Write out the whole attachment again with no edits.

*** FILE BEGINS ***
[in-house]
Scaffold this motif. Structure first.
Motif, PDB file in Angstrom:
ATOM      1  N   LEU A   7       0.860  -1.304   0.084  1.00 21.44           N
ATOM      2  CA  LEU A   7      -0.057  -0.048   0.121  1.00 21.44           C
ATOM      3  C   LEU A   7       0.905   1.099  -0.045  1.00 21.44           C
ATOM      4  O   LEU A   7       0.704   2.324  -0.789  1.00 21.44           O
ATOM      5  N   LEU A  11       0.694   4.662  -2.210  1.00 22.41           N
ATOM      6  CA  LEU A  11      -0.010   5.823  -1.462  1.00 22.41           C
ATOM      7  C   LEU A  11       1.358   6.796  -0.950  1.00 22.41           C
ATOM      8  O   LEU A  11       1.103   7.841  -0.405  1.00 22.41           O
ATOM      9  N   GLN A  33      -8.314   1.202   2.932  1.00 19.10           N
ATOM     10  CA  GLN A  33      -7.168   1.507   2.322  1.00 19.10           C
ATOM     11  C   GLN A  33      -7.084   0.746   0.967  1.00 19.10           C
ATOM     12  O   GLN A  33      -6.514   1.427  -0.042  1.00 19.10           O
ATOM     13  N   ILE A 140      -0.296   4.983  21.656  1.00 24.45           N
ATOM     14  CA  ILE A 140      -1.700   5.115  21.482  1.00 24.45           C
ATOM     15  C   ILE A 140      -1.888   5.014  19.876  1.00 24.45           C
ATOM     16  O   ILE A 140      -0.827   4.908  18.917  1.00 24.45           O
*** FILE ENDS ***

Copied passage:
[in-house]
Scaffold this motif. Structure first.
Motif, PDB file in Angstrom:
ATOM      1  N   LEU A   7       0.860  -1.304   0.084  1.00 21.44           N
ATOM      2  CA  LEU A   7      -0.057  -0.048   0.121  1.00 21.44           C
ATOM      3  C   LEU A   7       0.905   1.099  -0.045  1.00 21.44           C
ATOM      4  O   LEU A   7       0.704   2.324  -0.789  1.00 21.44           O
ATOM      5  N   LEU A  11       0.694   4.662  -2.210  1.00 22.41           N
ATOM      6  CA  LEU A  11      -0.010   5.823  -1.462  1.00 22.41           C
ATOM      7  C   LEU A  11       1.358   6.796  -0.950  1.00 22.41           C
ATOM      8  O   LEU A  11       1.103   7.841  -0.405  1.00 22.41           O
ATOM      9  N   GLN A  33      -8.314   1.202   2.932  1.00 19.10           N
ATOM     10  CA  GLN A  33      -7.168   1.507   2.322  1.00 19.10           C
ATOM     11  C   GLN A  33      -7.084   0.746   0.967  1.00 19.10           C
ATOM     12  O   GLN A  33      -6.514   1.427  -0.042  1.00 19.10           O
ATOM     13  N   ILE A 140      -0.296   4.983  21.656  1.00 24.45           N
ATOM     14  CA  ILE A 140      -1.700   5.115  21.482  1.00 24.45           C
ATOM     15  C   ILE A 140      -1.888   5.014  19.876  1.00 24.45           C
ATOM     16  O   ILE A 140      -0.827   4.908  18.917  1.00 24.45           O